0

IRS increases mileage rate

WASHINGTON D.C. -The Internal Revenue Service last week announced an increase in the optional standard mileage rates for the final six months of 2011.

Taxpayers may use the optional standard rates to calculate the deductible costs of operating an automobile for business and other purposes.

The rate will increase to 55.5¢ a mile for all business miles driven from July 1, 2011, through Dec. 31, 2011. This is an increase of 4.5¢ from the 51¢ rate in effect for the first six months of 2011, as set forth in Revenue Procedure 2010-51.

In recognition of recent gasoline price increases, the IRS made this special adjustment for the final months of 2011. The IRS normally updates the mileage rates once a year in the fall for the next calendar year.

"This year's increased gas prices are having a major impact on individual Americans. The IRS is adjusting the standard mileage rates to better reflect the recent increase in gas prices," said IRS Commissioner Doug Shulman. "We are taking this step so the reimbursement rate will be fair to taxpayers."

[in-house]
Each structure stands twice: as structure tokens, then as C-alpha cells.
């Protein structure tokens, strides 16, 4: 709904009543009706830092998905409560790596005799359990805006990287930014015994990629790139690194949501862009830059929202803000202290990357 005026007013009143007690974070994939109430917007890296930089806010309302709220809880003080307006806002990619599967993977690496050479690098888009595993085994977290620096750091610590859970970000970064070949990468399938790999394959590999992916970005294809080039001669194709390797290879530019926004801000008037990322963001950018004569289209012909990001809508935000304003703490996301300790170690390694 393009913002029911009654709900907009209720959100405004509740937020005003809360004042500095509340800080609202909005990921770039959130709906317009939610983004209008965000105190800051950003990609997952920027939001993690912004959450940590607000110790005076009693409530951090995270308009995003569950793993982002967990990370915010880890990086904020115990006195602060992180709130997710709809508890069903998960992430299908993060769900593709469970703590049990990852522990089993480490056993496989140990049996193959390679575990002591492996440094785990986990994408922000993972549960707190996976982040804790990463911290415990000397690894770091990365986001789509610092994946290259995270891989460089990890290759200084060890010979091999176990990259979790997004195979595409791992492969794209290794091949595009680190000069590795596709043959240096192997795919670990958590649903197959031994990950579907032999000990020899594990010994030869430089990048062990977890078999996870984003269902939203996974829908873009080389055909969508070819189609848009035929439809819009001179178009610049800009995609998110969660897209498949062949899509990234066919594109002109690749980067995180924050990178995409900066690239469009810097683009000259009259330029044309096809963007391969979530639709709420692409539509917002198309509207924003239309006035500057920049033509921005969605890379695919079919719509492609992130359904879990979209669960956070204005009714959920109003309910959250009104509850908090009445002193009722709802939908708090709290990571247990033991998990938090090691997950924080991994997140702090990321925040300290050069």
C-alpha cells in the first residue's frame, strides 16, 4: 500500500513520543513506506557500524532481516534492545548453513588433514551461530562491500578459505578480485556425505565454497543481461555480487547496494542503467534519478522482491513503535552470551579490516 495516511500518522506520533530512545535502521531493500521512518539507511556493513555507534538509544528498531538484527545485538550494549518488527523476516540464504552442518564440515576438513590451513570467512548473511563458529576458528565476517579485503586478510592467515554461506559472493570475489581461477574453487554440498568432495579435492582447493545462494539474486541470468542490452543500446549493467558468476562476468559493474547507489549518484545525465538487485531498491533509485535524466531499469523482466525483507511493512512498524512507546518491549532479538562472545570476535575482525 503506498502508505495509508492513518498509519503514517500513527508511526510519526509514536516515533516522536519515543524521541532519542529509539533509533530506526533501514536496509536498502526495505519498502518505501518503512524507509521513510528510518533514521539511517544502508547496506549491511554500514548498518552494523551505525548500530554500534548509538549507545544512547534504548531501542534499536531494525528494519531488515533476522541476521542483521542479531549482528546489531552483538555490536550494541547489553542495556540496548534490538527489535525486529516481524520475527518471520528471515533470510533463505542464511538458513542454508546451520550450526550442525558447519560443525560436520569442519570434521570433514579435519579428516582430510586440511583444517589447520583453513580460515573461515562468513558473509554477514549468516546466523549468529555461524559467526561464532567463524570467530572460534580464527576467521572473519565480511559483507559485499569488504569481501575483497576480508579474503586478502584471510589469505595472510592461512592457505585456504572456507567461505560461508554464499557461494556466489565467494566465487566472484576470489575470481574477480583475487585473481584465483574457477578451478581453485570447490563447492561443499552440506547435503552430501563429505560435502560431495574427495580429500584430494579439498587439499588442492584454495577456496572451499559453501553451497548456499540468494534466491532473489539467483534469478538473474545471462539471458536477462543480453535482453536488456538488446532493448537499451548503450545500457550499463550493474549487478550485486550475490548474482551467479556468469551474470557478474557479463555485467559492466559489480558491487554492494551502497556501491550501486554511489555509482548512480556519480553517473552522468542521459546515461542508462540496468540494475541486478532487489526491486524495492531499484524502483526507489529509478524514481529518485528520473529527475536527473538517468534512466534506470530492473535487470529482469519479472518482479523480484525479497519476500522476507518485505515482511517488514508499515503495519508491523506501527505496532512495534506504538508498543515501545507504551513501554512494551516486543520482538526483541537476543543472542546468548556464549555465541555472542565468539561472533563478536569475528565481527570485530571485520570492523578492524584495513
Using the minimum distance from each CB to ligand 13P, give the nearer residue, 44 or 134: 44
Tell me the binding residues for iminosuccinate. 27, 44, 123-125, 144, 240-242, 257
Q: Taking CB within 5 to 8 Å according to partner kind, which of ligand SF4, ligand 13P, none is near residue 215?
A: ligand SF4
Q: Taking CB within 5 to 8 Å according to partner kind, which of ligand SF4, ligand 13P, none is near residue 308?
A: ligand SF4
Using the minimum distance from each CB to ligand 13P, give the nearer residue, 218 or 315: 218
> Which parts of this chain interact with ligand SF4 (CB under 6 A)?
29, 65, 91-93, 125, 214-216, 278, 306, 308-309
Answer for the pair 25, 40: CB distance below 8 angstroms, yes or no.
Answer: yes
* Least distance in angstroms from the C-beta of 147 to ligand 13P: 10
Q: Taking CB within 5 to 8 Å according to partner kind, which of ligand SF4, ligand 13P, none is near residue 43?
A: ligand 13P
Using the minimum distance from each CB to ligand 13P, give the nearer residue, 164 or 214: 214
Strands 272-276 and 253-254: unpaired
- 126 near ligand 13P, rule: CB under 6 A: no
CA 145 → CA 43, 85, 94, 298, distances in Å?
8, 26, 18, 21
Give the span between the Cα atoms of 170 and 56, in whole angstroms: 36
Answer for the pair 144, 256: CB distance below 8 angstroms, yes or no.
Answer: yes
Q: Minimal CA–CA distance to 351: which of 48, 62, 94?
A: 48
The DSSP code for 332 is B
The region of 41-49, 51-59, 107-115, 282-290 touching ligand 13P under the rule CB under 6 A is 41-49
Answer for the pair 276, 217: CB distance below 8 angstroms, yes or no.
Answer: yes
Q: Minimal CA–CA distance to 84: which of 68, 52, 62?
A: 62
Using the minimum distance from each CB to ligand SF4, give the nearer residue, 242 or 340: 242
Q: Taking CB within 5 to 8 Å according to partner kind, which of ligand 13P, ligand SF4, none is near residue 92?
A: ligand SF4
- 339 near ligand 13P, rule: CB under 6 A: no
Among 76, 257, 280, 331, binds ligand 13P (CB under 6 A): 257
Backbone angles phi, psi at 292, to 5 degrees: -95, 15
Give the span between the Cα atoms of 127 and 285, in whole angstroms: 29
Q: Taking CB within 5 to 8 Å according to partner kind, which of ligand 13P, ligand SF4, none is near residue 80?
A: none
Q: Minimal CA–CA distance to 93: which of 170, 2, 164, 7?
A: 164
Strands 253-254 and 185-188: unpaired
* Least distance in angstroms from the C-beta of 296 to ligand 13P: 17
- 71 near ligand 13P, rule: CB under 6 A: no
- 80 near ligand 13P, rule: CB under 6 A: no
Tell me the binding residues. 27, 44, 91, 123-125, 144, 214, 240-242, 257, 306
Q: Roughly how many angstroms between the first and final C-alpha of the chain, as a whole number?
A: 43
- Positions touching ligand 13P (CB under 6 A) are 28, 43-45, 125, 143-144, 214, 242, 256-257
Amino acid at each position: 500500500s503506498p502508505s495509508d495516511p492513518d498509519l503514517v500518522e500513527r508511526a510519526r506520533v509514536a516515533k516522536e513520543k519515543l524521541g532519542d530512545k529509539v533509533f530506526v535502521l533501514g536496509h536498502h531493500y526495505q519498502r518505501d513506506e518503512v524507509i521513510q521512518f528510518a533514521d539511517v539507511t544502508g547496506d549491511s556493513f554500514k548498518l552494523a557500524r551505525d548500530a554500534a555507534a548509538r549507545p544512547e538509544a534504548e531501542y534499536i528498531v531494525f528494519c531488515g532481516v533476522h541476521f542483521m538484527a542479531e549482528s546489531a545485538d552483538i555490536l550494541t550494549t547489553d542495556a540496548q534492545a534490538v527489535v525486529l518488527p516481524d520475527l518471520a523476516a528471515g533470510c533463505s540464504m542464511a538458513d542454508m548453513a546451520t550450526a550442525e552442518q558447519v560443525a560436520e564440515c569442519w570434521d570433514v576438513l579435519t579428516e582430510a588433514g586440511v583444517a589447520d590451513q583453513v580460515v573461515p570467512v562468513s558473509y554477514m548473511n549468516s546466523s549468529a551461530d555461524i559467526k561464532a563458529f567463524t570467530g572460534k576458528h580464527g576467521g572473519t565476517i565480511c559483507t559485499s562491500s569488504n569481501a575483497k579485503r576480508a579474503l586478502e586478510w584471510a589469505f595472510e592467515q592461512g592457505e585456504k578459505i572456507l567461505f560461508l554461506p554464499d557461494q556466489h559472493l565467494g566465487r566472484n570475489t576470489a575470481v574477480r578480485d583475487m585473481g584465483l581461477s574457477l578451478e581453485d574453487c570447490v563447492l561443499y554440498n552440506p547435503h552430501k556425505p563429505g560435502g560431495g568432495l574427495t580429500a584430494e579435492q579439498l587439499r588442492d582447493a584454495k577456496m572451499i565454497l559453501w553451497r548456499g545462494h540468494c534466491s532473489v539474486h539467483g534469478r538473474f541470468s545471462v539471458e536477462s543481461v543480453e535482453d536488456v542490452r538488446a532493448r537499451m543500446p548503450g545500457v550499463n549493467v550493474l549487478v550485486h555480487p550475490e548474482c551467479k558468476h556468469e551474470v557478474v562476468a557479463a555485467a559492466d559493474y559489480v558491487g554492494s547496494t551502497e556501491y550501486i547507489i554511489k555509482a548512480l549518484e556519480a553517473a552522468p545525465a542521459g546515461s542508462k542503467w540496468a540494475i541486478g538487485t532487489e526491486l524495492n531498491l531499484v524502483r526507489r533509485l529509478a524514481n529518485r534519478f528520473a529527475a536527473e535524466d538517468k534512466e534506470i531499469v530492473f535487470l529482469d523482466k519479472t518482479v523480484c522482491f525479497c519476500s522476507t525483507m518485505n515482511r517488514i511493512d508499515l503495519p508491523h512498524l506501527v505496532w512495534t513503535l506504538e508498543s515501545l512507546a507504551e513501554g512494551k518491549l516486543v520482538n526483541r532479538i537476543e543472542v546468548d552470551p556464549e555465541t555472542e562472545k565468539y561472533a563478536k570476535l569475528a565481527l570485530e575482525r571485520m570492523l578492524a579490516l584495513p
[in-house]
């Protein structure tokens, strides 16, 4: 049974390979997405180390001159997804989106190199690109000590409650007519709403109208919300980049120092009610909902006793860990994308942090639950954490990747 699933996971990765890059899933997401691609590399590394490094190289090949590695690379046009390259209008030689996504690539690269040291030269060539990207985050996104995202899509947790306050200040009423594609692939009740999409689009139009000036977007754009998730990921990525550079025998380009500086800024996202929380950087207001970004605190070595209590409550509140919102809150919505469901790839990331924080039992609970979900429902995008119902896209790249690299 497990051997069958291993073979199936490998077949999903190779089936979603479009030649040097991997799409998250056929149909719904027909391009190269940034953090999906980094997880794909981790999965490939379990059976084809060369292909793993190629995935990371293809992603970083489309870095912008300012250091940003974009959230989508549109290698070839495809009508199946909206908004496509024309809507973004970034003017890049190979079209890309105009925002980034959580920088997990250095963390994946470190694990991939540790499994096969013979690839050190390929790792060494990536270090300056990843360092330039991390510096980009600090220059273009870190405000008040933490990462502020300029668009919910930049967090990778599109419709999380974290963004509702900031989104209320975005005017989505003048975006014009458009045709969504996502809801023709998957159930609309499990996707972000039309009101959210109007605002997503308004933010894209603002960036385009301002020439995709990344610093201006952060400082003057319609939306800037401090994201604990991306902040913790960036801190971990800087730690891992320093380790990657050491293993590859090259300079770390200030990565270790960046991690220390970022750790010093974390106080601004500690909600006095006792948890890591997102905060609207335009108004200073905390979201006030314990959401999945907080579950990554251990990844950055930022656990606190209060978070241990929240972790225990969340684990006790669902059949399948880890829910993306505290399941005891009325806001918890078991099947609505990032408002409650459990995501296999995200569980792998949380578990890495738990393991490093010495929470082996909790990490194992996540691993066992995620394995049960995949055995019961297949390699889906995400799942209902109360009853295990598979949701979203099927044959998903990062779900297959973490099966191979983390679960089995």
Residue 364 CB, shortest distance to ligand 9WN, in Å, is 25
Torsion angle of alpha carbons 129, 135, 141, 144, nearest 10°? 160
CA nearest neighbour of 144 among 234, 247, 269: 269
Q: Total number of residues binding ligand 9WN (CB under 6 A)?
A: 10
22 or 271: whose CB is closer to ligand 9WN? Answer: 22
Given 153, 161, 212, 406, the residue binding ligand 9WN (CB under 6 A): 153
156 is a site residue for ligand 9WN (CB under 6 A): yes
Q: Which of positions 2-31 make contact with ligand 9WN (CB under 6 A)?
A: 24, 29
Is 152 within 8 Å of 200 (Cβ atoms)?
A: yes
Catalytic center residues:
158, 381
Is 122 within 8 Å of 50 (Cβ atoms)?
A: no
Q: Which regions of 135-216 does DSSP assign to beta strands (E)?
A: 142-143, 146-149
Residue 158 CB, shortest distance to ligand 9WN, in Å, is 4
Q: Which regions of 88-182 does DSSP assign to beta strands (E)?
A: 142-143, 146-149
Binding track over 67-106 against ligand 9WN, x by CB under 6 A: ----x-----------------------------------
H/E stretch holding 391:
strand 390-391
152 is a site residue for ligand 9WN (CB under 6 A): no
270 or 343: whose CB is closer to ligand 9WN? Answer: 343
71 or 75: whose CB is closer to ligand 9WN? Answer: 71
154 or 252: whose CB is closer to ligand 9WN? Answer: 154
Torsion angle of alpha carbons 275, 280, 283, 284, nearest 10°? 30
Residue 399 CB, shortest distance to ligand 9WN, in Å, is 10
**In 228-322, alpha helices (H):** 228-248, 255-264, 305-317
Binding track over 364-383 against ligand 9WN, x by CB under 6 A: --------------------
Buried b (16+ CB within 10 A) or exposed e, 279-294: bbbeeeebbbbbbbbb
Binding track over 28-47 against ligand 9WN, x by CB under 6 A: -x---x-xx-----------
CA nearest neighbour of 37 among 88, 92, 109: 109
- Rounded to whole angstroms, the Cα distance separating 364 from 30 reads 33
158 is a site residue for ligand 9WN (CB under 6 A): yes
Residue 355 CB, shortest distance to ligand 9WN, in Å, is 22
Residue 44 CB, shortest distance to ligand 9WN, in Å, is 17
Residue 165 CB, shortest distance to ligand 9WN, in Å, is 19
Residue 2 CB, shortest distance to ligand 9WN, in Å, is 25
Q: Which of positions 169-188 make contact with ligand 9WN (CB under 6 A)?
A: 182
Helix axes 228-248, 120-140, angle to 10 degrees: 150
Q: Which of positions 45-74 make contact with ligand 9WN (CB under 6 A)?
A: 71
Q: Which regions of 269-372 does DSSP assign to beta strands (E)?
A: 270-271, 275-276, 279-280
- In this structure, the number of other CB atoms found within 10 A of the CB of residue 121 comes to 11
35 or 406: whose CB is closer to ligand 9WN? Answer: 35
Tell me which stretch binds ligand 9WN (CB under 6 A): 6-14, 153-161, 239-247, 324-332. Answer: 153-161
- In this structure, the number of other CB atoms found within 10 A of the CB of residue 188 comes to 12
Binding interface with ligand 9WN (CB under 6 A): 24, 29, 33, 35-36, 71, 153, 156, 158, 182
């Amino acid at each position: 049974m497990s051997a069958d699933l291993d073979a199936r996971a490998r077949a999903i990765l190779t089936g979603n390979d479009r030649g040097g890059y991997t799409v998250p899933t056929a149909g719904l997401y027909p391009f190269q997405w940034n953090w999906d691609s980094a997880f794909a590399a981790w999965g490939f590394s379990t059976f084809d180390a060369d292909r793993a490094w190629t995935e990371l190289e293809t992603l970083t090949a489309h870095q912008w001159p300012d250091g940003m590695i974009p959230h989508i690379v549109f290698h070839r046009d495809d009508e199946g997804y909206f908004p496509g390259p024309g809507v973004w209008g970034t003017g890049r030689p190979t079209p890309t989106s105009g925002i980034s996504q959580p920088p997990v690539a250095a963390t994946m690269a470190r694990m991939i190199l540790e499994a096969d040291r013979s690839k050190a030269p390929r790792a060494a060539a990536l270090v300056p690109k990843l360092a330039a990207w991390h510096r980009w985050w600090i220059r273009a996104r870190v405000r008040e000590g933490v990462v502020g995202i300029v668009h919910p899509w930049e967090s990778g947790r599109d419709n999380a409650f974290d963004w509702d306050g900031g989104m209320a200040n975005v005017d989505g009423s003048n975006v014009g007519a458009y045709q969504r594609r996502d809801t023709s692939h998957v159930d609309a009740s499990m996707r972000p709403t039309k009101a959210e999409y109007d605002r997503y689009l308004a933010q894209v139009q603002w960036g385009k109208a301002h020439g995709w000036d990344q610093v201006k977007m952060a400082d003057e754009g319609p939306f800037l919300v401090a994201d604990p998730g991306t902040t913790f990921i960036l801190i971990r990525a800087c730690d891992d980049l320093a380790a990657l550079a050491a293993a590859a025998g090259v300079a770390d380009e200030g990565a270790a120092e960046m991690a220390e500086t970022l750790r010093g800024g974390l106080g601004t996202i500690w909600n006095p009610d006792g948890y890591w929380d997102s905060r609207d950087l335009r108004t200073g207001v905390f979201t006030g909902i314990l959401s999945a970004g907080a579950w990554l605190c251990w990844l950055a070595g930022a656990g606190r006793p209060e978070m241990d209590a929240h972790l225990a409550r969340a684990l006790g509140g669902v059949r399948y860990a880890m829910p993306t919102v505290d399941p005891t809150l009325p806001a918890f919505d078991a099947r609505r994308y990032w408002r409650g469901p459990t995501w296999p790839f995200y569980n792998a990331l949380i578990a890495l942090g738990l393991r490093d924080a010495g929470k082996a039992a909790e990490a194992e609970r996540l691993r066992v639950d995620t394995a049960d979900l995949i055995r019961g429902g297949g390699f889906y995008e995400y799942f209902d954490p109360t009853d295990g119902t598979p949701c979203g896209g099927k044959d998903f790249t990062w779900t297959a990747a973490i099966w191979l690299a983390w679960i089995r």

While gasoline is a significant factor in the mileage figure, other items enter into the calculation of mileage rates, such as depreciation and insurance and other fixed and variable costs.

The optional business standard mileage rate is used to compute the deductible costs of operating an automobile for business use in lieu of tracking actual costs. This rate is also used as a benchmark by the federal government and many businesses to reimburse their employees for mileage.

The new six-month rate for computing deductible medical or moving expenses will also increase by 4.5¢ to 23.5¢ a mile, up from 19¢ for the first six months of 2011. The rate for providing services for charitable organizations is set by statute, not the IRS, and remains at 14¢ a mile.

The new rates are contained in Announcement 2011-40 on the optional standard mileage rates.

Taxpayers always have the option of calculating the actual costs of using their vehicle rather than using the standard mileage rates.

Comments

Use the comment form below to begin a discussion about this content.

Sign in to comment